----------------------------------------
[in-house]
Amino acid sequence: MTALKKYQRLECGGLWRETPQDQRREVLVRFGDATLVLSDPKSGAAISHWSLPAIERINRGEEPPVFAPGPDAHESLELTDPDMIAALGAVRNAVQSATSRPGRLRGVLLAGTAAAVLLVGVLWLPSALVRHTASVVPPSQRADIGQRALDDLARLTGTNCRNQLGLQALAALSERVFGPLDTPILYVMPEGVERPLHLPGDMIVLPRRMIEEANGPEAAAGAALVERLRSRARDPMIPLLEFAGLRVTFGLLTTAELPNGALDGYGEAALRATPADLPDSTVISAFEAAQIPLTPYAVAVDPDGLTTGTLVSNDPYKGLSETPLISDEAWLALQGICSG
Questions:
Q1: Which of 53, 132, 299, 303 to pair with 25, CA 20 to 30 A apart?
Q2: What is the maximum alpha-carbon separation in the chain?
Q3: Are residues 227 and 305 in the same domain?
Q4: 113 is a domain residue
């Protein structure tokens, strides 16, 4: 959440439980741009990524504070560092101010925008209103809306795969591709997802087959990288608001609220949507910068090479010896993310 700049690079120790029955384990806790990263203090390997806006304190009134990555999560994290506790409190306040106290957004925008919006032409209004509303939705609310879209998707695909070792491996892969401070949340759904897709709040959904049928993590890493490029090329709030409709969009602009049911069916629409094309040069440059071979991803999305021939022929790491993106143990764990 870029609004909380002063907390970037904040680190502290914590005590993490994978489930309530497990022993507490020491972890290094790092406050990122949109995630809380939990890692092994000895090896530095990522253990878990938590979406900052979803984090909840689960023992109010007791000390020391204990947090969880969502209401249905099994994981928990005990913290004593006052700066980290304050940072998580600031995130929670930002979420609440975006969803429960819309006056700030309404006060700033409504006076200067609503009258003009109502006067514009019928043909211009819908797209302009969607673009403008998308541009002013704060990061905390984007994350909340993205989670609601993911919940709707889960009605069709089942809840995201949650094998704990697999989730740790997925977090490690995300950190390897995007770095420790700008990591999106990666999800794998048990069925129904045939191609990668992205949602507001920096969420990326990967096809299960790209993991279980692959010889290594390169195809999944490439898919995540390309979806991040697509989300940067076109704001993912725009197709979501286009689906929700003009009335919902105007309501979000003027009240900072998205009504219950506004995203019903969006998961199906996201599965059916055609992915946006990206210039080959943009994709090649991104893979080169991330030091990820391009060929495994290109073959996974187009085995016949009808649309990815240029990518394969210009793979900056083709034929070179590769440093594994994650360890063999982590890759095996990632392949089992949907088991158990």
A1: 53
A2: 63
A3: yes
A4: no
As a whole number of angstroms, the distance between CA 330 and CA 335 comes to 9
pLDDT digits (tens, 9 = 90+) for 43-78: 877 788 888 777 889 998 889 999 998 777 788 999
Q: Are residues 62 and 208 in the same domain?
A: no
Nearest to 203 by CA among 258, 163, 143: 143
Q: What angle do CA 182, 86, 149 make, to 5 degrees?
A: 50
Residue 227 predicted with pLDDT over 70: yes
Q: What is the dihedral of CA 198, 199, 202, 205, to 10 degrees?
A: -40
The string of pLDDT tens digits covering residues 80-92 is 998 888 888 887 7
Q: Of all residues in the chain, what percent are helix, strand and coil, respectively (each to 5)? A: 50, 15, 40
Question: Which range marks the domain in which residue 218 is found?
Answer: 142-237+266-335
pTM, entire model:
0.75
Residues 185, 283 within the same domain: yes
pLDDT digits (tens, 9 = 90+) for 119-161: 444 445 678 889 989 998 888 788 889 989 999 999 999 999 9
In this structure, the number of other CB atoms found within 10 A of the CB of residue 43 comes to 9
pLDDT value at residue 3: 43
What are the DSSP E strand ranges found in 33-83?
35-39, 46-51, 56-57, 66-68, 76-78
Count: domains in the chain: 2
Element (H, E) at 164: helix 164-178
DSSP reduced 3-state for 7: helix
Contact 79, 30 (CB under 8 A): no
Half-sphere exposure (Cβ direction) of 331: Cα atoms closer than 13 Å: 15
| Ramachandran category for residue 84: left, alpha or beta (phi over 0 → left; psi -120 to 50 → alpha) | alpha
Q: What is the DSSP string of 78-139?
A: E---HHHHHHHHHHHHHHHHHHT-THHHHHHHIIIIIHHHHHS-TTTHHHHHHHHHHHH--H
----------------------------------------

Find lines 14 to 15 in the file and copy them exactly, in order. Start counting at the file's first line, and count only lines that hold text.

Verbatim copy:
pLDDT digits (tens, 9 = 90+) for 43-78: 877 788 888 777 889 998 889 999 998 777 788 999
Q: Are residues 62 and 208 in the same domain?